What Antony Blinken Gets Wrong about the Middle East

Last week, the U.S. secretary of state visited Egypt, Israel, and the Palestinian Authority in quick succession. Secretary Antony Blinken’s agenda, Yoram Ettinger argues, highlighted his misplaced priorities in the region. Above all, writes Ettinger, Blinken has ignored the fact that Washington must choose between “pro-U.S. human rights-violating Arab regimes [and] anti-U.S. human rights-violating Arab regimes.” Moreover:

Blinken rejects the Israeli suggestion (shared by all pro-U.S. Arab regimes) that a credible threat to resort to regime change and military action is the only way to abort the regional and global threats posed by the Islamic Republic. He still assumes that the apocalyptic ayatollahs can be enticed—via a generous financial and diplomatic package—into good-faith negotiation, peaceful coexistence, and abandoning their fanatical 1,400-year-old religious vision.

Blinken’s policy toward Iran’s ayatollahs and the Muslim Brotherhood—which pose a lethal threat to all Sunni Arab regimes—has eroded U.S. strategic credibility in pro-U.S. Arab capitals, and has pushed Egypt, Saudi Arabia, the UAE, and Bahrain—reluctantly—closer to China and Russia, militarily and commercially.

He continues to attempt to convince Israel that the establishment of a Palestinian state is a prerequisite for bolstering Middle East stability and concluding an Israel-Saudi Arabia peace treaty. However, such a proposal should be assessed against the backdrop of the systematic failure of all [previous] State Department proposals to resolve the Arab-Israeli conflict. . . . In fact, Israel’s peace treaties with Egypt, Jordan, the UAE, Bahrain, Morocco, and Sudan were successfully concluded by bypassing the Palestinian issue, and focusing on Arab—not Palestinian—interests, which are increasingly served by enhanced defense and commercial cooperation with Israel. Arabs do not cut off their noses to spite their faces.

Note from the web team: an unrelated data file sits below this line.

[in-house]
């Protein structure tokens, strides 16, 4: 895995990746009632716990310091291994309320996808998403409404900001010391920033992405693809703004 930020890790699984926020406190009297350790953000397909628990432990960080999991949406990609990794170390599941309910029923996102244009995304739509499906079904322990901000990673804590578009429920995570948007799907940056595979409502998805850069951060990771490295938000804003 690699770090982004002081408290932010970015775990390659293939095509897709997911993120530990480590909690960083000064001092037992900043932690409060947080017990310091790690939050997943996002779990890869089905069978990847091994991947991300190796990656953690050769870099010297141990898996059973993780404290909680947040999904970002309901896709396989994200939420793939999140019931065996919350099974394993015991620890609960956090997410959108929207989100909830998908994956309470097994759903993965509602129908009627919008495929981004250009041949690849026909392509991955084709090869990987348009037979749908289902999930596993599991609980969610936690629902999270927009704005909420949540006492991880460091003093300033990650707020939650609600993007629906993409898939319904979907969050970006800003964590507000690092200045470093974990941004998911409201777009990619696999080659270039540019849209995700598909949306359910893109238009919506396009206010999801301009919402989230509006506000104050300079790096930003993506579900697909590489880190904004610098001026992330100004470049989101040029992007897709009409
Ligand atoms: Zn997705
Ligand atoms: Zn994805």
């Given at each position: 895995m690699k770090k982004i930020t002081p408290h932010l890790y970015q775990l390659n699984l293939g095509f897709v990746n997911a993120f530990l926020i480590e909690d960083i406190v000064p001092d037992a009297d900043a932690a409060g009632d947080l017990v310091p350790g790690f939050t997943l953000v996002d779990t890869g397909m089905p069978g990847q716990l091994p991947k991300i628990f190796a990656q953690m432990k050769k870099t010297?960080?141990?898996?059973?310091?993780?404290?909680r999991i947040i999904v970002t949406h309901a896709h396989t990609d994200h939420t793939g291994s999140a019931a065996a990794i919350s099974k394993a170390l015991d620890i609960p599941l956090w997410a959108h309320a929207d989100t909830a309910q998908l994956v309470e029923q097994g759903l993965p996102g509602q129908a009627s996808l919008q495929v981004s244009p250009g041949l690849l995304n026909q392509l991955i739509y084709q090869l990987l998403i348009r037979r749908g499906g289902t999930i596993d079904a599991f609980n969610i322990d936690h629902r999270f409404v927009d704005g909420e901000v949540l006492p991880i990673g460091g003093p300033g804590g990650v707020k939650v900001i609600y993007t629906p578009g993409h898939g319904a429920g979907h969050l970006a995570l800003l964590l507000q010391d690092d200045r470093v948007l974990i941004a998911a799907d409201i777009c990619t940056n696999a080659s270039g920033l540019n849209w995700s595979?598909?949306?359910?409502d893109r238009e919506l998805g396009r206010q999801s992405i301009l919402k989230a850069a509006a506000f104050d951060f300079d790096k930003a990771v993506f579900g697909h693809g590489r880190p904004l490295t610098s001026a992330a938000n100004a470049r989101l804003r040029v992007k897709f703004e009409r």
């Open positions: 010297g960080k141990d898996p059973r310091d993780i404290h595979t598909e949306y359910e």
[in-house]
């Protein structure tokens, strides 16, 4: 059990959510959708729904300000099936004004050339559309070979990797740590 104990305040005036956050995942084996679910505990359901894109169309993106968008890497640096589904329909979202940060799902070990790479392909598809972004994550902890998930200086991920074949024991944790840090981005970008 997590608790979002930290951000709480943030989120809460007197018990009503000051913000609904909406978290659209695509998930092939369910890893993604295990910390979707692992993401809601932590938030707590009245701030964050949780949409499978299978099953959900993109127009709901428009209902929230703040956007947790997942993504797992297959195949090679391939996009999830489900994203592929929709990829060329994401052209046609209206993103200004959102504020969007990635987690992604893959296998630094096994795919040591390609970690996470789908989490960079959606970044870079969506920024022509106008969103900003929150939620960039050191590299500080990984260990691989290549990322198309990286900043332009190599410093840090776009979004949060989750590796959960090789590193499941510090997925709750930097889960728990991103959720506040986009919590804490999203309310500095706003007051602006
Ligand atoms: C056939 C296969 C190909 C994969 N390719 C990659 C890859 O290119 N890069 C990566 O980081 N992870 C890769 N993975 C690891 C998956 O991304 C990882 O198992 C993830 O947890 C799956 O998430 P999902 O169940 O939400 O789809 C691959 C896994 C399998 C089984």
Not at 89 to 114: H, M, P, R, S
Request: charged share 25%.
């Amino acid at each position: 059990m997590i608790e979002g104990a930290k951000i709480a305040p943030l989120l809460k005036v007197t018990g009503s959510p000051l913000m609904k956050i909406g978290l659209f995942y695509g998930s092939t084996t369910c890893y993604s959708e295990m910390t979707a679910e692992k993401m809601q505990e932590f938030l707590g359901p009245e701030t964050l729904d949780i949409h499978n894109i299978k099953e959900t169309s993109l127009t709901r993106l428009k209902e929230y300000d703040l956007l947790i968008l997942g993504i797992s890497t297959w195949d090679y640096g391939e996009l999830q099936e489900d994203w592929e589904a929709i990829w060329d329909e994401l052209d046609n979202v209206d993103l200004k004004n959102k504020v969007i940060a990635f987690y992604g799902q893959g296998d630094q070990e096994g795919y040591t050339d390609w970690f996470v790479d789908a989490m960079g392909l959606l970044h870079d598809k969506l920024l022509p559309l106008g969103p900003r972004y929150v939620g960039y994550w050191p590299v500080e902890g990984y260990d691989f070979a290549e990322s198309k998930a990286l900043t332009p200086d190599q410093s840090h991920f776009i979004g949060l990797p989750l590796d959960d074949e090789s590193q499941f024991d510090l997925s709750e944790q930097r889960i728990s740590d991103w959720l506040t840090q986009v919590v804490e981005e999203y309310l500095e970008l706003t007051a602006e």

Read more at JNS

More about: Antony Blinken, Middle East, U.S. Foreign policy, U.S.-Israel relationship

Iran’s Calculations and America’s Mistake

There is little doubt that if Hizballah had participated more intensively in Saturday’s attack, Israeli air defenses would have been pushed past their limits, and far more damage would have been done. Daniel Byman and Kenneth Pollack, trying to look at things from Tehran’s perspective, see this as an important sign of caution—but caution that shouldn’t be exaggerated:

Iran is well aware of the extent and capability of Israel’s air defenses. The scale of the strike was almost certainly designed to enable at least some of the attacking munitions to penetrate those defenses and cause some degree of damage. Their inability to do so was doubtless a disappointment to Tehran, but the Iranians can probably still console themselves that the attack was frightening for the Israeli people and alarming to their government. Iran probably hopes that it was unpleasant enough to give Israeli leaders pause the next time they consider an operation like the embassy strike.

Hizballah is Iran’s ace in the hole. With more than 150,000 rockets and missiles, the Lebanese militant group could overwhelm Israeli air defenses. . . . All of this reinforces the strategic assessment that Iran is not looking to escalate with Israel and is, in fact, working very hard to avoid escalation. . . . Still, Iran has crossed a Rubicon, although it may not recognize it. Iran had never struck Israel directly from its own territory before Saturday.

Byman and Pollack see here an important lesson for America:

What Saturday’s fireworks hopefully also illustrated is the danger of U.S. disengagement from the Middle East. . . . The latest round of violence shows why it is important for the United States to take the lead on pushing back on Iran and its proxies and bolstering U.S. allies.

Read more at Foreign Policy

More about: Iran, Israeli Security, U.S. Foreign policy